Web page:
On Sunday, the day after installation, I just quickly opened up both hives to make sure all was well. I noticed in one hive, one of the frames had dropped down in the front (the frame was just a little bit too short). I decided I would suit up and go in Monday to fix that. I gave them a whole quart of sugar water and put them to bed for the night.
Monday, after dinner, I suited up to go in and quickly fix that frame. Or that is what I thought anyways. Here I go in my space invaders suit, down the hill to the hives. I have my bulky gloves and my trusty tool in tow and I am ready to totally know what I was doing. I got into the hive and started trying to get my tool under the frame to just pop it up and move it half an inch to the left. Easier said than done.
I could NOT seem to pry that frame up! I thought I was going to either put my tool through the frame or lever the side so much the side of the hive may come off! I tried to be gentle but my huge, mutated fingers were anything but. I would get the frame up a little and try to grab it, then BAM! it would drop and slam down into the hive. This was met with quite an uncomfortable level of buzzing. After doing this three times, it was obvious I needed some smoke.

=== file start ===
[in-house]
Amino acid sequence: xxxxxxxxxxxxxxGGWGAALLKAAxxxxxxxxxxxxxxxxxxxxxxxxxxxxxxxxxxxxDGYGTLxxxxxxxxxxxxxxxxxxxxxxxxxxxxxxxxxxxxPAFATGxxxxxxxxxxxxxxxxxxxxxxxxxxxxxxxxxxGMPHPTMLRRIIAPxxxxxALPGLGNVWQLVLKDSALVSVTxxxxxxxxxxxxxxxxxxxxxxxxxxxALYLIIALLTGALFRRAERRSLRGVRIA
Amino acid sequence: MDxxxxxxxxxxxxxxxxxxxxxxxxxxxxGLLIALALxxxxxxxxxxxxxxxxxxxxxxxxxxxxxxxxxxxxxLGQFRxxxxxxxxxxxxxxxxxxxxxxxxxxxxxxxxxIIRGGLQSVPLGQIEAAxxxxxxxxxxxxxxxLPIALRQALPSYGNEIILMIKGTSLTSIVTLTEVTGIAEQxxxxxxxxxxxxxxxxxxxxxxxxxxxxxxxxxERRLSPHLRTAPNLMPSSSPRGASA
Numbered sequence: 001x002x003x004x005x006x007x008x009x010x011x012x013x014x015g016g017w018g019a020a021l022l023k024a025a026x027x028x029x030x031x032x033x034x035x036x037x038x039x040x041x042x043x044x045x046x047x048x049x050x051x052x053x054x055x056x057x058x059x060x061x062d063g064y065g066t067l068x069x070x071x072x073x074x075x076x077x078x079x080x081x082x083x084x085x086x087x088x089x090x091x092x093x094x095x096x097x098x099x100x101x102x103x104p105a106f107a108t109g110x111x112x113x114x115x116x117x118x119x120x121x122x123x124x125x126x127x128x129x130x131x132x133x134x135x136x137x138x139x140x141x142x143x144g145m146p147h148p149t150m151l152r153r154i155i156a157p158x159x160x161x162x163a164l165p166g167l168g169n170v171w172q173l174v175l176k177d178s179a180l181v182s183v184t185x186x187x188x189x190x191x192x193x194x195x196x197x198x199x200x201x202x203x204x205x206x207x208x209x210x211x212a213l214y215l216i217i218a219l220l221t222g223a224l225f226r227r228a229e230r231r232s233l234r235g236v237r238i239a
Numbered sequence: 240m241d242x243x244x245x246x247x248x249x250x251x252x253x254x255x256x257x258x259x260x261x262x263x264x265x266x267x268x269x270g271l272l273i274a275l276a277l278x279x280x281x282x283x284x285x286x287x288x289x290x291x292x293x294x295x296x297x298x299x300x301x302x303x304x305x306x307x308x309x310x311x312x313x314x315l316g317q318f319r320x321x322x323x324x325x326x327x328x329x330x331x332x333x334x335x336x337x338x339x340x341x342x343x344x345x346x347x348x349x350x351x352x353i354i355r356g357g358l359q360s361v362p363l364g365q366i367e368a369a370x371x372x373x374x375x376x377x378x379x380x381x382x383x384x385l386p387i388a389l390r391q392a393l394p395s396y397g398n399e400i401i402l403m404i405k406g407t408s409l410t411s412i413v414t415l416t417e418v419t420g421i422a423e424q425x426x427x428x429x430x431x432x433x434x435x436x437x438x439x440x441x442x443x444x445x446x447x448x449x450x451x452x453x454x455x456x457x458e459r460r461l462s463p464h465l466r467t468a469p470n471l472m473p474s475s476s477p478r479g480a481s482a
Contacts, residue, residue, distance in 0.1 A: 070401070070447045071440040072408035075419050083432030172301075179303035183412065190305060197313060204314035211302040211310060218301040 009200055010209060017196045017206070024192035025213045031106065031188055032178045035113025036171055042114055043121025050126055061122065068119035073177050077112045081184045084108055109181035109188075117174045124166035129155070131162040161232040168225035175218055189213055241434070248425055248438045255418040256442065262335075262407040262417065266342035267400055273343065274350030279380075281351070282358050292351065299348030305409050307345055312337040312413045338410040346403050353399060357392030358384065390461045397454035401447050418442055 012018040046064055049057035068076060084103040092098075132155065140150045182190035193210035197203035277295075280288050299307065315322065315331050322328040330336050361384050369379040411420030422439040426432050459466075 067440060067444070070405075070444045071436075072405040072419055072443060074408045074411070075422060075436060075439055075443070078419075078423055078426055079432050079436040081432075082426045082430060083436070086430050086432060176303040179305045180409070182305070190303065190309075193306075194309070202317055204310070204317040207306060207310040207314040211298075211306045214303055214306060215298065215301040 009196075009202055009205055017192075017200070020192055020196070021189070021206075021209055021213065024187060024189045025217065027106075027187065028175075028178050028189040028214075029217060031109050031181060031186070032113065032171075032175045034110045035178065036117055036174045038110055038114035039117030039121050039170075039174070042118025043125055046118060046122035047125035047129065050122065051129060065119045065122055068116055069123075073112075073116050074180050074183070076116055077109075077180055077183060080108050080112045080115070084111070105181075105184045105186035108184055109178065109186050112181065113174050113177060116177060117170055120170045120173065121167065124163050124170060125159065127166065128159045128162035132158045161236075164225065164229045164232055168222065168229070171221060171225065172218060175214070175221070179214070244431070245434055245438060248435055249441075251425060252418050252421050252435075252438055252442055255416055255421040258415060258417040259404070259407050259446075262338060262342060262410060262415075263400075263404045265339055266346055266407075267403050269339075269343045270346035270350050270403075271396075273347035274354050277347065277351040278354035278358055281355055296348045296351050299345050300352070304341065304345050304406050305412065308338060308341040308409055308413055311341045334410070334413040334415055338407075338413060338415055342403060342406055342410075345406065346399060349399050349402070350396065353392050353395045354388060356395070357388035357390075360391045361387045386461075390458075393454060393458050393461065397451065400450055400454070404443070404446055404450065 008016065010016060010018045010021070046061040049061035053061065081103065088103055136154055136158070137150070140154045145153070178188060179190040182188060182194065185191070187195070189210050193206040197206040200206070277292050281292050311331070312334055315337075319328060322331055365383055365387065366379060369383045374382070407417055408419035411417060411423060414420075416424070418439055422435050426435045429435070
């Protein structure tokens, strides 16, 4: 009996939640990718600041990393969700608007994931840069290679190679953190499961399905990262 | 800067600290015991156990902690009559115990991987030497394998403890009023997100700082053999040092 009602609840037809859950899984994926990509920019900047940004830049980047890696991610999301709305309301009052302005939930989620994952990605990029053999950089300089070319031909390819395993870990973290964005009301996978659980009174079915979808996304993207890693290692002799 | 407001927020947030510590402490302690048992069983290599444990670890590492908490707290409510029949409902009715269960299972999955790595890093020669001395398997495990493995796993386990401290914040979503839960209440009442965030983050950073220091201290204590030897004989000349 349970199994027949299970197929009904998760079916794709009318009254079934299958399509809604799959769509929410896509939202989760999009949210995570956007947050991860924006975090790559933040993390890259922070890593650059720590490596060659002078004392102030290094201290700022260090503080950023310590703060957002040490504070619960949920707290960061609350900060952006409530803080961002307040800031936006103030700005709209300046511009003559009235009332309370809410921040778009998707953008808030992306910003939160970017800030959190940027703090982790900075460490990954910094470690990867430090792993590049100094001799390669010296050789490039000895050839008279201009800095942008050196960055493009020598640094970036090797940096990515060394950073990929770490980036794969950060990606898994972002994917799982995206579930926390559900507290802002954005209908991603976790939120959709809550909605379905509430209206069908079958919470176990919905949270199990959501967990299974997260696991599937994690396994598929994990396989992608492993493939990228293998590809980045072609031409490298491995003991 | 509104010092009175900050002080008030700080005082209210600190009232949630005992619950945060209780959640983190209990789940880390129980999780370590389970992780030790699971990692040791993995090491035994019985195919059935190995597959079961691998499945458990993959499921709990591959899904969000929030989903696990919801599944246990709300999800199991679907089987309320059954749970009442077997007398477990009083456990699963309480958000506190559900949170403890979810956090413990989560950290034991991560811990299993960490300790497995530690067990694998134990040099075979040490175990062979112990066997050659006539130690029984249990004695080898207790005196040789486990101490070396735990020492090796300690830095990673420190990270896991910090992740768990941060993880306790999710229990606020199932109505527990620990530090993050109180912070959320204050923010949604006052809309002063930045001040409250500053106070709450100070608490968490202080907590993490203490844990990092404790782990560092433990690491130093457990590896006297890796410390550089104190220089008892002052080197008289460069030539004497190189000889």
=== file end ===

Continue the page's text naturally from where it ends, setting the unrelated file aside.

I knocked on the window for my loving husband (who wants nothing to do with my new hobby) to bring me a lighter. He helped me get the pine needles lit and off I go, back down to the hive, with a blazing torrent of flame coming out of my smoker. This would not do, unless I wanted to incinerate them all. So I huffed and puffed, then realizing this was literally fanning the flame, I let it die a little. I then had some good smoke to get them calmed down. This was successful. I set the smoker in the grass to go back to my prying. Soon I was cussing myself the same way my dad always did when I smoked him. Big dummy me, had placed the smoker directly upwind from myself and I had managed to choke myself out. So I moved the smoker and went back to prying.
I felt so silly fumbling about with that tool and frame as I thought about my Dad, the hive tool merely an extension of his hand, or brain even. Neither my hands or brain seemed to want to work together. Finally, I got the frame pulled up and shifted. Once I had it where I wanted it, I wanted to just get out of there as I had traumatized these girls enough for the day. I closed them up and looked in at the other hive (blissfully oblivious to the wake of disaster in which I had left their neighbors). All looked well. I didn't want to prowl in there with out a reason, so I closed them up, put out my fire, and headed back to the house.
They had taken about half of the quart of sugar water, so I left the remainder on the hives for them to finish today. Seems as though they will take a quart every two days. So I will try to check on them again later in the week and try my best not to traumatize them more than necessary. I have a lot to learn.